About Disc Golf
Hello and welcome. I'm no expert disc golfer. In fact I play the amateur tees when available, but I enjoy the game immensely, here in Clearwater, and when I travel. It is a catalyst for exploration. It is an ally against entrophy. In case you're uncertain, disc golf is an activity that involves tossing a frisbee-like (we do not call them frisbees) "low-profile" disc into a stationary waist-high basket with suspended chains (see picture).
Most courses have 18 "pole holes", some smaller ones have only nine and even more rarely some have 27. I'm talking world-wide now. When you first start out, you generally try to match the number of strokes on the tee signs (the better courses have them, they usually indicate which hole, how far, and preferred flight path). Once you've become a "regular", pro or not, you play all holes at par 3. Here's an aerial view of our main courses.
How to Throw
Disc golf is like ball golf and bowling. For the first throw (the "drive"), you're going for distance over accuracy. Throwers generally take a two or more step windup approach to tee's edge (as in bowling), and use the arm like a sling. The release is generally flat, with a spin if possible. Wrist and release timing is critical. Once the disc is thrown, you mark it where it lays and throw from there (like golf). Unlike golf, however, you have the luxury of putting one foot where the disc was, and moving the rest of your body left or right, so getting around a tree is not nearly as difficult. The second throw (the "upshot") requires that you close most of the remaining distance to the basket, so that the third (and hopefully final) shot is, at most, a 10-12 foot "putt". And the chain when the disc hits -- "CHING!" -- a wonderful sound.
Disc golf is good exercise through twisting, walking and bending (try to remember to use the knees). What golf does in yards, disc golf does in feet, at a fraction of the cost in half the time. Most disc golf courses are in municipal parks, which are free, and discs run from 2 for $5 used to $8-$11 new. Disc golf provides a good respite from daily routine, and facilitates interpersonal relations; it's more fun shared. I have visited and played some excellent parks across this great nation of ours.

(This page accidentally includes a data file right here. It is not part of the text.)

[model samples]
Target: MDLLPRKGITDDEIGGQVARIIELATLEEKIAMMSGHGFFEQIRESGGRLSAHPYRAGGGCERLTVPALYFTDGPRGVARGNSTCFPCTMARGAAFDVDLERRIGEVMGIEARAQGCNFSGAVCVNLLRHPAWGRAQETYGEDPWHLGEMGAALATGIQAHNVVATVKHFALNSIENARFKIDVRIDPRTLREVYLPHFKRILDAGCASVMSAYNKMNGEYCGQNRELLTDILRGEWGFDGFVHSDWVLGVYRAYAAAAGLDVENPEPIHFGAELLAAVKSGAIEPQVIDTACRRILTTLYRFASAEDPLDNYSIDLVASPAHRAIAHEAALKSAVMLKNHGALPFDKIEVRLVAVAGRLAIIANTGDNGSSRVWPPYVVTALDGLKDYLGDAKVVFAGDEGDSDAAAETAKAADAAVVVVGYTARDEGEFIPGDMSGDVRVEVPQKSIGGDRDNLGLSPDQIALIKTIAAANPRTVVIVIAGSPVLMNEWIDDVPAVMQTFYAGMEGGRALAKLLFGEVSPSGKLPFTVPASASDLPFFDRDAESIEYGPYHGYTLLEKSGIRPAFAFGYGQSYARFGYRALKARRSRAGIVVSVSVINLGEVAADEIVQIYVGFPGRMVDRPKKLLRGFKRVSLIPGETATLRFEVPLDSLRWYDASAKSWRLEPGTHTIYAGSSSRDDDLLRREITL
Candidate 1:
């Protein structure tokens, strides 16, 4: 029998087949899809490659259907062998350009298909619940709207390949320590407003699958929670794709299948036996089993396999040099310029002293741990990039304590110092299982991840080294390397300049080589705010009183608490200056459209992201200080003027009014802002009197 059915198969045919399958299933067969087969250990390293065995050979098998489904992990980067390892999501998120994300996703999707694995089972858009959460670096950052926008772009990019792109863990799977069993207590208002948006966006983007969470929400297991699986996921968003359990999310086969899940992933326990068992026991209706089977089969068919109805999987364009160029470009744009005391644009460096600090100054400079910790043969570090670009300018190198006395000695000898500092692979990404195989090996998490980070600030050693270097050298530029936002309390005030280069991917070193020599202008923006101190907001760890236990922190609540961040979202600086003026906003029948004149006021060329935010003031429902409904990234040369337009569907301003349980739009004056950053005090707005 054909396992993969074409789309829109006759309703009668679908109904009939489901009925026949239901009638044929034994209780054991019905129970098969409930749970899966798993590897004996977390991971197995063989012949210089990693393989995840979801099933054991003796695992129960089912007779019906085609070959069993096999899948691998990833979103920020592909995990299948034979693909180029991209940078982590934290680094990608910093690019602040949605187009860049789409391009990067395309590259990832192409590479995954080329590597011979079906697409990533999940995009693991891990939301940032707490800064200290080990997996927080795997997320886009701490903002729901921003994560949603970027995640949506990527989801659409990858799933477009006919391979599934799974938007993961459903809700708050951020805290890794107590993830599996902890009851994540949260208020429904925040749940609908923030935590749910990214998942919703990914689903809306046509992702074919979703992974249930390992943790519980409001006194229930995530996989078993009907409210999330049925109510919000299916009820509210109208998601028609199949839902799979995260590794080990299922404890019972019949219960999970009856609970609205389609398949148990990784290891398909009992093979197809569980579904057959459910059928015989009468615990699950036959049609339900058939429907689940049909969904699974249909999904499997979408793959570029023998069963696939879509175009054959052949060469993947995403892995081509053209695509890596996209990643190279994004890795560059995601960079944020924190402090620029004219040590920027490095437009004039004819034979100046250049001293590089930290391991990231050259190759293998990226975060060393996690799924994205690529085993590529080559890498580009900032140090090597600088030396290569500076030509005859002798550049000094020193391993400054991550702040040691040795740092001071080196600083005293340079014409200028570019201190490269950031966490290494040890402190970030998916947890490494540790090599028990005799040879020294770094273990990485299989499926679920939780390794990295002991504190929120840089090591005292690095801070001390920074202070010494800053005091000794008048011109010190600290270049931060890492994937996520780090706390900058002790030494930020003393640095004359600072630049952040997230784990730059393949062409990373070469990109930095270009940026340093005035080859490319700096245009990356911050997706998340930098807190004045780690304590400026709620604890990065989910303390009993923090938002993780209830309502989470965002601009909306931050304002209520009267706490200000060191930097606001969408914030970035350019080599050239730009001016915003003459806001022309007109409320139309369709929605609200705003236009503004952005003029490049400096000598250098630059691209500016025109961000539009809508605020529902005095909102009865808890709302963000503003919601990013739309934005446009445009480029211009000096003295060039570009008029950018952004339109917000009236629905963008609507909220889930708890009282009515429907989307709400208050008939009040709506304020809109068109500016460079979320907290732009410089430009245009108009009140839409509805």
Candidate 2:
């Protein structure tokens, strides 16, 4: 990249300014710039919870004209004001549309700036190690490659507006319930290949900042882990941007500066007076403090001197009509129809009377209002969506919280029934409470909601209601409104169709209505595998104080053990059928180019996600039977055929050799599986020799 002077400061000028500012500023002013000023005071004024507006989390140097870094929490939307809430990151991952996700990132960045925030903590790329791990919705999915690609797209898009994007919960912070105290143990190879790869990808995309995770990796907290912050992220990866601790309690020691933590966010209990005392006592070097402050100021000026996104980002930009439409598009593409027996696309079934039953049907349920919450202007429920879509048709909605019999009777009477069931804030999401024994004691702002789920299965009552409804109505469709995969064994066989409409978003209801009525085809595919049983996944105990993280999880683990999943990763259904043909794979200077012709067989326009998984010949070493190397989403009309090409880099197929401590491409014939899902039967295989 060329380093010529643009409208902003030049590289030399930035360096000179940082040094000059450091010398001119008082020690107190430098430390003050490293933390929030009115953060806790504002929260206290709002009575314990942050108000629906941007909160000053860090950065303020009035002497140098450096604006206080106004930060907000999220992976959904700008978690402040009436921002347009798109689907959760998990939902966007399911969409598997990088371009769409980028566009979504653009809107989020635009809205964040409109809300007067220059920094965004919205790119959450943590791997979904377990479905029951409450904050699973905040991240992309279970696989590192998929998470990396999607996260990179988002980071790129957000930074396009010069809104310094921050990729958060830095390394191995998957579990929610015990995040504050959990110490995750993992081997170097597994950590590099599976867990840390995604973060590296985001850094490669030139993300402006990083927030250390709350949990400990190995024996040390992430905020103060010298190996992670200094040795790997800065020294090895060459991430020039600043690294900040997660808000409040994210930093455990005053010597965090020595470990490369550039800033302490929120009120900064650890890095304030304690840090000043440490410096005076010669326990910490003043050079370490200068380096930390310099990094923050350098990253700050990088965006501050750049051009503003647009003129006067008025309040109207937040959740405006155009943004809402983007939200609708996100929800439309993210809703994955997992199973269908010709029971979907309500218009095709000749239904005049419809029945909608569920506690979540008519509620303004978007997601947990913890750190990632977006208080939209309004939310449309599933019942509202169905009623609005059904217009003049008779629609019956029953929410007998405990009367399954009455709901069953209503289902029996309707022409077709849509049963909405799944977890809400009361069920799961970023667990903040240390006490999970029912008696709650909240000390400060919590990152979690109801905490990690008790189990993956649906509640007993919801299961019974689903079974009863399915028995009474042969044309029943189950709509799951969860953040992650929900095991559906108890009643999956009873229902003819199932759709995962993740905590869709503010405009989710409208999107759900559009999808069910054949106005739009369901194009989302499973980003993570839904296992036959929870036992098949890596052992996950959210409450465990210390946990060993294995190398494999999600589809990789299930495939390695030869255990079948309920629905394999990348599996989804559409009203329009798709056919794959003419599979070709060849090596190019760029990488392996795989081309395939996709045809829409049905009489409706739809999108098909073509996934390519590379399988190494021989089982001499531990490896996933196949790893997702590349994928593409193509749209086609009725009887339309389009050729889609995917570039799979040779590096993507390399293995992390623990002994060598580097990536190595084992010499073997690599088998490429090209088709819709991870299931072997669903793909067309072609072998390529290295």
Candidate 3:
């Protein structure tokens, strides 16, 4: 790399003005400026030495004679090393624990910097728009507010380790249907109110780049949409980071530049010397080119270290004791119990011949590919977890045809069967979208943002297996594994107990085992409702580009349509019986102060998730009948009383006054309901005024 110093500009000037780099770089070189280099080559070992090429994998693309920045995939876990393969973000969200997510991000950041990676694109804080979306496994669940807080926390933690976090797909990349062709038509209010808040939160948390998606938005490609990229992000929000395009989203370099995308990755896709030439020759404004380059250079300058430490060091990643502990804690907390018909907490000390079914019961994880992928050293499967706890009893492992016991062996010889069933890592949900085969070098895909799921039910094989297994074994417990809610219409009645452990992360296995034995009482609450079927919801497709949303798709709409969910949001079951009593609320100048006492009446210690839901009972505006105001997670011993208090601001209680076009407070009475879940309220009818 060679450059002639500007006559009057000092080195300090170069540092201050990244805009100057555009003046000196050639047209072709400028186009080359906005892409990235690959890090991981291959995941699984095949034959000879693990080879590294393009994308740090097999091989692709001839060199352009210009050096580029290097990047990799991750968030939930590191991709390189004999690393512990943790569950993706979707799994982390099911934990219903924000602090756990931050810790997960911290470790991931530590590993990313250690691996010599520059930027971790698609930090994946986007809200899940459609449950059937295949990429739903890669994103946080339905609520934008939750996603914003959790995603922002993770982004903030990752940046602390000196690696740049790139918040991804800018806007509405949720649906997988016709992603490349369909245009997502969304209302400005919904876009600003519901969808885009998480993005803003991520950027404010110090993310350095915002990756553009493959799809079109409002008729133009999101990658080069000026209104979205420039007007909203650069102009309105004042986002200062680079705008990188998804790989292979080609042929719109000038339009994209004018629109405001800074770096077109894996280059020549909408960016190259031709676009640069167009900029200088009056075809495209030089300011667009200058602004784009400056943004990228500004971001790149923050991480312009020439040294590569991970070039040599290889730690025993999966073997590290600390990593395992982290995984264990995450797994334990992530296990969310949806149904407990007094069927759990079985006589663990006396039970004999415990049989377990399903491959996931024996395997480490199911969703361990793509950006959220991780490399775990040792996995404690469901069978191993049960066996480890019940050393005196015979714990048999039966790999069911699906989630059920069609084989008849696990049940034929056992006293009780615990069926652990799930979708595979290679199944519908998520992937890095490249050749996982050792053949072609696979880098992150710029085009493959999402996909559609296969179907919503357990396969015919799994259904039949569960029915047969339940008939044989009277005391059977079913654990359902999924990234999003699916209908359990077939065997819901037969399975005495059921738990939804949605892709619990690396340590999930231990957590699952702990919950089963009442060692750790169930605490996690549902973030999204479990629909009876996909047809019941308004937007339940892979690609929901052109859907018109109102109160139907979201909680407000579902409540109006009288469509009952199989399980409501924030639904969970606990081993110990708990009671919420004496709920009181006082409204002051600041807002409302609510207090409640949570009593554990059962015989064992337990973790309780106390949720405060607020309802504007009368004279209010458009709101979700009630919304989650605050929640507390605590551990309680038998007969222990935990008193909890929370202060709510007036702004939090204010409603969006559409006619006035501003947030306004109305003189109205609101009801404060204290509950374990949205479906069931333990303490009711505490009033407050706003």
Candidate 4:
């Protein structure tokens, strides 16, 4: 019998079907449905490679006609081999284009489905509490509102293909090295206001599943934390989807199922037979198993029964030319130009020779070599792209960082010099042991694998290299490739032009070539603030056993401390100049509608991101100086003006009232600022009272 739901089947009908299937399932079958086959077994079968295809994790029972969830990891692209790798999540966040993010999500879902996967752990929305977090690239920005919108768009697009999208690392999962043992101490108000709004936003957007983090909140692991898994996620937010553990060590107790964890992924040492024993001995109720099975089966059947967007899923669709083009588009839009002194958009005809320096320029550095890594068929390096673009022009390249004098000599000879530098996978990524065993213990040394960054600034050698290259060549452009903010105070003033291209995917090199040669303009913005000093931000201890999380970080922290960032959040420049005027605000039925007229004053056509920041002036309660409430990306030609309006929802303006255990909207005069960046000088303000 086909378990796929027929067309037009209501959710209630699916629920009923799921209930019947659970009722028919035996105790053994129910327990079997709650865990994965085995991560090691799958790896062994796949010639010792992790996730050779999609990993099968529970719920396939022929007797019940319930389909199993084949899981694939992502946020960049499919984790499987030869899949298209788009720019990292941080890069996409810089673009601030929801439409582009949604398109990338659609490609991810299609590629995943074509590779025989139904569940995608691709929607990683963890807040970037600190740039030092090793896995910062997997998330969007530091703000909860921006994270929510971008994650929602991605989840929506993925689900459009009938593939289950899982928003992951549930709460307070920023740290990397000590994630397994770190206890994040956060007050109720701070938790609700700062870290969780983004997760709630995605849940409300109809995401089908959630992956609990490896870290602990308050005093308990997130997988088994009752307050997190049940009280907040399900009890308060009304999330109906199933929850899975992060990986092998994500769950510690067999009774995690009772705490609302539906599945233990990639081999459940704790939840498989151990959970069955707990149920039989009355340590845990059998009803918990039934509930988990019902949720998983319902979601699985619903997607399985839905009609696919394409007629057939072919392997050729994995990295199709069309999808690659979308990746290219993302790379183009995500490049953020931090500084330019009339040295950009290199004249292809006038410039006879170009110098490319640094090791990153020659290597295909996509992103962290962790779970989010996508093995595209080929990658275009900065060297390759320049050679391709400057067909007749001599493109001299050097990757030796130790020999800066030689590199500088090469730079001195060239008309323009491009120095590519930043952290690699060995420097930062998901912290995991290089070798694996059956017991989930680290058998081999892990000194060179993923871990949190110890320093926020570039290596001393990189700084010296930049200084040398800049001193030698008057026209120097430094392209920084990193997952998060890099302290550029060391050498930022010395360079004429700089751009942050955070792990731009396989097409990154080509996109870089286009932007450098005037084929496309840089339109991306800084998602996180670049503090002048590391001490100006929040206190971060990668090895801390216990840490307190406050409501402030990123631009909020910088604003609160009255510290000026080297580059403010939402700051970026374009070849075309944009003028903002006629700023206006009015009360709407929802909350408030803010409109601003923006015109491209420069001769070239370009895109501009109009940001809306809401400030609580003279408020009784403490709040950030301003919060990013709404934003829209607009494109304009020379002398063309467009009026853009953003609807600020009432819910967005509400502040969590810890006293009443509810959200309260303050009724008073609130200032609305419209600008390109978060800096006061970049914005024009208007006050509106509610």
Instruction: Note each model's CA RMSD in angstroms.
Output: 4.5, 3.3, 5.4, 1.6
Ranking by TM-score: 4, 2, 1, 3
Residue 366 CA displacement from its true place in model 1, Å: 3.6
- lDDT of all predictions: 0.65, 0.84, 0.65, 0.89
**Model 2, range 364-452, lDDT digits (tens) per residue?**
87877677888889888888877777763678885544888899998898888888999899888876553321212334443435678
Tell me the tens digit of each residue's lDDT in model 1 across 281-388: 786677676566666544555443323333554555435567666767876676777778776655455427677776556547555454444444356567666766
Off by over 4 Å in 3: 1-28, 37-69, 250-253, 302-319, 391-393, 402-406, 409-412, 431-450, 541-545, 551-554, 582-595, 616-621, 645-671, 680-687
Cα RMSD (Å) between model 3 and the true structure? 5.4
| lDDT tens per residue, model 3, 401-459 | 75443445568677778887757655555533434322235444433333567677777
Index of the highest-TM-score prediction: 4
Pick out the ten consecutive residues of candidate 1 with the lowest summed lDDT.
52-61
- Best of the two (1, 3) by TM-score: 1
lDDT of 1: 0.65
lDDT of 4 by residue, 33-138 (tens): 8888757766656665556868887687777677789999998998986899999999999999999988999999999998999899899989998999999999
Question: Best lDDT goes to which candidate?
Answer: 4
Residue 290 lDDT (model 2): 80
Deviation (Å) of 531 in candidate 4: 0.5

(l to r) 10-time World Champ Ken Climo, your's truly
Notable recent event: My first eagle (that's a hole in one)!! Hole 16 at Sarasota's Water Tower Park November 2001. Through the dense trees, I threw with an awkward twist, managed a loop and a turn and... CHING! What a fine feeling. Not to mention the two stroke gain!
Since then I have sunk two other aces, this time with witnesses. Hole 2 at Tocabaga Course in Maximo Park, and Hole 14 at NE Coachman! I hear you're supposed to get the disk signed by all the witnesses and retire it, but I don't stand on that ceremony.
Critiques on Disc Golf Courses (in the U.S. and Canada)
I base the following observations on a narrow gap of time when I visited, and hold these descriptions out to be no more than a personal catalog that may help you determine a wise course of action, pun intended. I'll try to give approximate dates of my visits. Obviously if things have worsened or improved since then, I can't know that, but would like to. Updates are appreciated.
My arbitrary rating system:
- Well-taken care of. Top notch park and facilities. Has strong club presence (indicating good course maintenance) and probably elevation changes. Highly recommended.
- Very enjoyable and user friendly. Might be missing a couple desirable components (rest rooms, water, tee pads, signage, hills). Still strongly recommended.
- Average course. Nothin' wrong with that. Like they say, "a bad day throwing is better than a good day at work". They must not have my job.
- Not as rewarding as most, but still has some subtle charm or redeeming quality that makes it worthwhile.
- There might have had some concerns about personal safety. Baskets missing or vandalized. Barely a discernable club presence.
To see a special page on all of our local courses click here:
NOTABLE NORTH AMERICAN COURSES
Rundle Park, Edmonton, Alberta, Canada
(Played Feb '06) It was sheer optimism that led me to pack a driver and a putter in my suitcase for my trip to Edmonton. It really wasn't as cold as I was braced for, so by Wednesday, with the sun out and a clear sky, I left work to throw at what looked to be the most promising course in the area. As I approached the parking lot (it was waaay in the back), I lucked out onto a couple players finishing up a hole near where I parked. They were mid-course, but without hesitation invited me to tag along and show me the ropes. There was some snow on the ground, moreso than near where I was working, but it was manageable and with the elevation changes and the comeraderie, I was in bliss! We had a lot in common, it appeared, and they gave me a taste of the local culture. Nice.